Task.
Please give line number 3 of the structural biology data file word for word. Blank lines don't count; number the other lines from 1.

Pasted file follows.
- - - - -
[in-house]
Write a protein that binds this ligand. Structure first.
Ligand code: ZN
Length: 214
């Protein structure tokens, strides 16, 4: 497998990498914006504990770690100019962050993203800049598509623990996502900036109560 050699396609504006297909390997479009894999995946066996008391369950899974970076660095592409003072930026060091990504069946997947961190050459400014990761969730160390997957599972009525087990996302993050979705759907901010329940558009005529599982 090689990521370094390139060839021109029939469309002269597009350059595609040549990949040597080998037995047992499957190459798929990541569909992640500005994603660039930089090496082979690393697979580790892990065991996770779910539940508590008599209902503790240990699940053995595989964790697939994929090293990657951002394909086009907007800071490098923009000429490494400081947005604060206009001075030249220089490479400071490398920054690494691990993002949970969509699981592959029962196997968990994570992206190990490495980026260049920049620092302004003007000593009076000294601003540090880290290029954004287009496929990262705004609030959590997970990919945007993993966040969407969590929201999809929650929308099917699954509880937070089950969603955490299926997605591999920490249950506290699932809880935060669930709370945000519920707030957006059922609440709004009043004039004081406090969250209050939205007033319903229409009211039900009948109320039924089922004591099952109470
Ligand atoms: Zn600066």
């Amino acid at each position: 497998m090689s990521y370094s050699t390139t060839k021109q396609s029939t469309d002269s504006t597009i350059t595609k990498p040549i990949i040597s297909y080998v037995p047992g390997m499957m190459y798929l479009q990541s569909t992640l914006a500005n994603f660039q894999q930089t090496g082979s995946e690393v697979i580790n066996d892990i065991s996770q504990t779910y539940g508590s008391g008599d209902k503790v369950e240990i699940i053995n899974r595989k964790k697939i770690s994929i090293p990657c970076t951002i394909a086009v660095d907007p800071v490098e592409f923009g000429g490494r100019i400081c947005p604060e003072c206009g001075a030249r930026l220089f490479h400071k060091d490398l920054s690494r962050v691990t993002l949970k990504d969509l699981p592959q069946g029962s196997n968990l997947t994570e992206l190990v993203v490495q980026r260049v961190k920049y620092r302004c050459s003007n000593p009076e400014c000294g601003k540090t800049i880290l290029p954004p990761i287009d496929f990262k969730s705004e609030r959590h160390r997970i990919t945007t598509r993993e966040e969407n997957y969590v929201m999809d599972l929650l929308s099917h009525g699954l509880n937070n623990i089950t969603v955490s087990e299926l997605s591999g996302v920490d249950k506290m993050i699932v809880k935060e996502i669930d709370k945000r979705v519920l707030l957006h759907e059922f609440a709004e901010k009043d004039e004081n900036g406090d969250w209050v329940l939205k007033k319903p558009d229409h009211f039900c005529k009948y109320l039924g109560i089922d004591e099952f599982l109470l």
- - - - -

Ligand code: ZN